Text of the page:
Dressing Up for the Laundrette

If getting the laundry done was on your list of New Year’s resolutions, here’s a good shot for you from Buckaroo Kid. It was taken down on The Cut in Waterloo. Gotta love the tie at the laundrette. Everything else must have been dirty?

laundrette

If you’ve got any good London shop front photos, add them to the Flickr pool for a chance to be featured here one of these days!

London Art Spot: Retail Opportunities

Okay, so it’s not exactly a normal Art Spot post, but it’s a pretty artistic photo from past Art Spot interviewee Kathy Archbold, aka Buckaroo Kid.  It also fits the “observationist” theme perfectly, so I had to share. Proper Sunday Art Spot interviews start up again next week!

does it get any better?

For the normal Art Spot posts, click here.

Obligatory Snow Post


West Ken Snow by Buckeroo Kid from the Flickr pool. (She was the London Art Spot feature last Sunday. Here’s a link if you missed her awesome London pics!)

Maybe it’s because I come from snow-y Buffalo, New York where people break out one of four ice scrapers from the back seat and drive around with their 4-wheel drive tyres in blizzards without a second thought that I find this so amusing. In Buffalo, this amount of snow is absolutely laughable.

These headlines conjure up a much worse picture in my head than the pretty image in Kathy’s picture above.

Telegraph: “Britain’s deep freeze: icy weather brings worst snow for 50 years”
Guardian: “Grit supplies reaching critically low level as icy weather continues”
Metro: “Panic buying as heavy snow hits”
Evening Standard: “230,000 pupils get day off; more closures feared”
The Sun: “UK has 8 days of gas left”

Some of the best headlines came yesterday – about elderly people buying second-hand books to burn because they are cheaper than firewood. All the grocery shops are running out of products because frantic people are stocking up.

When I woke up this morning, I could still see grass poking through a thin layer of the white stuff. It was pretty. It was out-of-the-ordinary for London. But it wasn’t exactly life-threatening.

The way Londoners react to this weather fascinates me to no end. Everyone seems more friendly, smiling at strangers, except for the morning commute when travel chaos ensues and you’re smashed into a carriage with a stranger’s hair in your mouth. Kids run about, sticking their tongues out for flakes. People carry umbrellas (umbrellas??). Although, I suppose that’s the natural reaction to precipitation in these parts…You can’t have a conversation without the word “snow” and multiple exclamation points.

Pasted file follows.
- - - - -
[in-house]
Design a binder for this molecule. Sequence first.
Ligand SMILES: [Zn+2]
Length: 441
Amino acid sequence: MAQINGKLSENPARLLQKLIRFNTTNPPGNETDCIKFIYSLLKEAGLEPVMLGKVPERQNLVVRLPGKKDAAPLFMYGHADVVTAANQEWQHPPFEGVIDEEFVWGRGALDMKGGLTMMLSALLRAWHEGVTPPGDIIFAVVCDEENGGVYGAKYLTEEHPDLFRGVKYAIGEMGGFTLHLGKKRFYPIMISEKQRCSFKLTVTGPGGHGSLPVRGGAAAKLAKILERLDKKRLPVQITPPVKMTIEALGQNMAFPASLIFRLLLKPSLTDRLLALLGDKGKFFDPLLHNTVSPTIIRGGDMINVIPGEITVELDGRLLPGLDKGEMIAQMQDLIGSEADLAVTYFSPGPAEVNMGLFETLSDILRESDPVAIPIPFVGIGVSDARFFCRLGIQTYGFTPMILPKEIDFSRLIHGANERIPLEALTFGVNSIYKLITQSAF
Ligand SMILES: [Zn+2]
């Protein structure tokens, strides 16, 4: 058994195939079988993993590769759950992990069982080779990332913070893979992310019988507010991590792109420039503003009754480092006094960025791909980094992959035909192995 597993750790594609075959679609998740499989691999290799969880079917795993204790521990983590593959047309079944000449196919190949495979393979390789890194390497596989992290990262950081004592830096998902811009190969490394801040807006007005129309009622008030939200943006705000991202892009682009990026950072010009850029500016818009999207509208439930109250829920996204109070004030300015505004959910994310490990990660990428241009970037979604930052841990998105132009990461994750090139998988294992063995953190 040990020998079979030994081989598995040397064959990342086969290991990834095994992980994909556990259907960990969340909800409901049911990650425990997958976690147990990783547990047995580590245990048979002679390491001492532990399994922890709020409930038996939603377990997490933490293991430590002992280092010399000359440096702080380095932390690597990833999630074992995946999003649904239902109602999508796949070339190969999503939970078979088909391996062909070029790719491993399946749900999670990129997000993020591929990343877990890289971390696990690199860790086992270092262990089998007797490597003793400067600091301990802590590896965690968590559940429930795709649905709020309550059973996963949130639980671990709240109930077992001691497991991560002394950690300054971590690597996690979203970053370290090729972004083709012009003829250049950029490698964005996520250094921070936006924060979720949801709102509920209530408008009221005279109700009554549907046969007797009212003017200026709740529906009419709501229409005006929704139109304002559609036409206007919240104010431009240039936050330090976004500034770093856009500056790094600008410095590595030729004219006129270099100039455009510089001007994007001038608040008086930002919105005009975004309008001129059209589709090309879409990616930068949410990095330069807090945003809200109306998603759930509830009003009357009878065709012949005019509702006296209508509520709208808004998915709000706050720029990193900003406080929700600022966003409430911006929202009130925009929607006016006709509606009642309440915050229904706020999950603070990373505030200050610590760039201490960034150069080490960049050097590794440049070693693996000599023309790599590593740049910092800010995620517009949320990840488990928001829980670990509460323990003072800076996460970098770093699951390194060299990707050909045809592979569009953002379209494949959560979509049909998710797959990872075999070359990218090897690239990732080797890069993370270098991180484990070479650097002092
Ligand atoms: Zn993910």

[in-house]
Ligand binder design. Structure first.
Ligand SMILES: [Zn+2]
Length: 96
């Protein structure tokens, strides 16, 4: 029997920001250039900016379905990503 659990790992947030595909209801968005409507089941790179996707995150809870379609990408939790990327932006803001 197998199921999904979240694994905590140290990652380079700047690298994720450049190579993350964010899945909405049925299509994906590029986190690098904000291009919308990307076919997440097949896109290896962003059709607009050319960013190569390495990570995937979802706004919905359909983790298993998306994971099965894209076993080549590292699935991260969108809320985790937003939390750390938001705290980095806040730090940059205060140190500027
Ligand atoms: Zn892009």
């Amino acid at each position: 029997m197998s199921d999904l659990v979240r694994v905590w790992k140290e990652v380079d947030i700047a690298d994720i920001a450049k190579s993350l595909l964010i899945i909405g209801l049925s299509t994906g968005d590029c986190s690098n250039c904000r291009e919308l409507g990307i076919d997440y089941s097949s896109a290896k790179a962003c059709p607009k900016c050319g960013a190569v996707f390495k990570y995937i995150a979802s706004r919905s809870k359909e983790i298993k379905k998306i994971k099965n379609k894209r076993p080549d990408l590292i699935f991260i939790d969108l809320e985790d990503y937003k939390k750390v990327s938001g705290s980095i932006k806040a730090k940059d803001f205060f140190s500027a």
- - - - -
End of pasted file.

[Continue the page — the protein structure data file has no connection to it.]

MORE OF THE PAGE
And then there’s the complete idiots. For example, I was on my lunch break for half hour yesterday. When I left, there was a dog tied to a railing – a black dog with long scraggly sopping wet hair, sitting in a puddle, covered in snow, visibly shivering with these big sad eyes. When I returned, he was still there, lying down in the puddle, a salt-and-pepper speckled mound. I don’t even like dogs, but I wanted to give the poor thing a blanket. Seriously.

Anyway, I’m sure in some parts outside of London, it might be a bit more “severe”, but the world’s not ending (except maybe for that dog if someone didn’t rescue it by now), the media hype is hysterical and… umbrellas? 

It’s just a bit of snow.

London Art Spot: Kathy Archbold

Self-Portrait

Photographer Kathy Archbold was born in Essex, but has spent most of her life in London. After a foundation art course at Harlow she attended Newport Art School in South Wales, which, she said, was only really notable by the attendance of a student dropout called ‘Woody’ – who later became Joe Strummer.

After her fair share of bartending during college, she found a job painting faces at a mannequin company. A few years later, she left to run a stall in Kensington Market, but because the skill she picked up painting mannequins is so peculiar, she continues to take on freelance work today. In 1983, Kathy relocated to New York to train mannequin artists. She returned to London in 1987 and has remained, in various parts of the city, ever since.

Derelict House
 
LLO: Tell us a bit about your background as a photographer.
KA: